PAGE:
She didn´t waste any time on small talk and got straight to the point. The Parole Board member I made such an impression on happened to be the Vice Chairman. This was the dapper fellow I had such a pleasant exchange with on Monday. He´s also who asked me when I go up again, although I didn´t know that at the time. She explained that she was going to investigate my case and I better not lie to her. She said she was going to ask what may seem like totally bizarre questions - but to just go with it – she was trying to help me. And I better not lie to her. She also said she wasn´t making any promises, she was just lookin´ into it. She informed me that she´d read everything several times and probably knew things I didn´t know, and don´t lie to her. I couldn´t help but grin ear to ear. We spoke for the better part of two and a half hours. It was beyond difficult because some stuff I just don´t remember. (“Don´t lie to me!”). Hell, it´s been nearly 30 years. Other stuff I swear had nothing to do with me. And the subject matter was all about the most horrible thing in my life – ever! Through all of it I felt transparent, like I was going to disappear.
When it was over she told me I had lied to her several years ago about something but today I didn´t. I´ve no idea what it was and was too wrung out to ask. I had nothing left in the tank it was so intense. I wanted to sleep for a while – a week. We parted company kindly – like I said, I like this woman very much – with her telling me to stay steady and don´t get my hopes up – no promises. So of course I ran right out and threw my hopes, every last one of them, up to about cruising altitude for the international space station. It was January 28, 2015.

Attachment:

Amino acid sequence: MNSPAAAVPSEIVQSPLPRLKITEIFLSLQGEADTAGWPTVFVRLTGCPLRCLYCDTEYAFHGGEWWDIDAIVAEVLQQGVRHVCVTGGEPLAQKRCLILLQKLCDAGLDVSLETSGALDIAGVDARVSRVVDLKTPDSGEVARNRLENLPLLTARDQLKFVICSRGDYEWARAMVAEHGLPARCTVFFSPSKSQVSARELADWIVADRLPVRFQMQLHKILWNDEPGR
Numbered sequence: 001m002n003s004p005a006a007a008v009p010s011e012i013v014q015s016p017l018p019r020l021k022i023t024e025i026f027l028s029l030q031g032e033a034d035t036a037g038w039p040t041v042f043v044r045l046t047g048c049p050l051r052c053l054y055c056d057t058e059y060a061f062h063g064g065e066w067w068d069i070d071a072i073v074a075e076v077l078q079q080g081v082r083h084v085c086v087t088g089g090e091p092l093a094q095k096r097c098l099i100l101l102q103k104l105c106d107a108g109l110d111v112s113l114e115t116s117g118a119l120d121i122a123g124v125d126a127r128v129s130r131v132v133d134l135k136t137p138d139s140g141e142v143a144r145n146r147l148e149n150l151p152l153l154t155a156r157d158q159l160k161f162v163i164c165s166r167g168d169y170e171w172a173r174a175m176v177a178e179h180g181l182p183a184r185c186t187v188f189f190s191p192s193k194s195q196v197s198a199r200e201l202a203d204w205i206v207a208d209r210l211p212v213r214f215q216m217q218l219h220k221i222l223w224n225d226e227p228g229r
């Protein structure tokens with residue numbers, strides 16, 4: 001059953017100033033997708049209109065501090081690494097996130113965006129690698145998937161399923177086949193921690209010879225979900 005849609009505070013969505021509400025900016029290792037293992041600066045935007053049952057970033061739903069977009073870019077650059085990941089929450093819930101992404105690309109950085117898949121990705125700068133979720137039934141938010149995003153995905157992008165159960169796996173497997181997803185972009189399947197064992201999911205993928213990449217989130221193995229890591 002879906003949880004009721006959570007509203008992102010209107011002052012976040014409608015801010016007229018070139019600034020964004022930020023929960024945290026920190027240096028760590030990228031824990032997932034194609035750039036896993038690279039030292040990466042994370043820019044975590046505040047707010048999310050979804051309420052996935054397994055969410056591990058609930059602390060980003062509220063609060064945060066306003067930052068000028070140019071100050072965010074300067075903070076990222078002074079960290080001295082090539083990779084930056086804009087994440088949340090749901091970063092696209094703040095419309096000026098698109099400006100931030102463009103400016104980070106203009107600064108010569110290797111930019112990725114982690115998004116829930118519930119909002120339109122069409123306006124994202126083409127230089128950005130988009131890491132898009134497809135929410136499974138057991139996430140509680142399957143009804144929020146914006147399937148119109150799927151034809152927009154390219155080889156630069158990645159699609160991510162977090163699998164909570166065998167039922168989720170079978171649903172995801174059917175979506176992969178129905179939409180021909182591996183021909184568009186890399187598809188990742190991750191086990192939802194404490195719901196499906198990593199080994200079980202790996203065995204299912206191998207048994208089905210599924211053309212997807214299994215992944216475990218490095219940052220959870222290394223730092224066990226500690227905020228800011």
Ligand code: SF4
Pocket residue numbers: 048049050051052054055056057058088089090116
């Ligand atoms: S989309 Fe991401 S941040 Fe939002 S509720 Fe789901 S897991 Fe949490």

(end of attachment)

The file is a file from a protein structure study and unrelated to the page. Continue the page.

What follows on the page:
February 25th I got my second turndown in two months. In December their reasons were: serious nature of the crime, and release at this time would diminish seriousness. 63 days later I get those two reasons plus crimes committed and (my personal favorite) do more time. I´d be lying if I said I wasn´t crushed. And I was pissed off because they added on reasons that two months before were apparently unnecessary. So what changed? How did I go from bad to worse in 0.6 seconds when nothing changed in my behavior or record? Why all the hurry up and appeal? I don´t blame Ms. Harris, she was trying to help. It´s the nature of the beast. I hate the beast.
So here it is about sixty days after all that. I didn´t get angry at the universe or scary depressed. Haven´t really told anybody about this second turndown. That would involve telling, well, everything you just read and some things are too exhausting to share with family. They are affected as deeply as I am by this process, although in different ways. They fight against rising hopes and crushing denials too. They hurt and rage and wish and pray, too. And they go on, as best they can but without me. They are who I glimpse passing by at space-worthy speeds if I stand real still and don´t breathe.
|Christi Buchanan 1003054|
Fluvanna Correctional Center 1A
P.O. Box 1000
Troy, VA 22974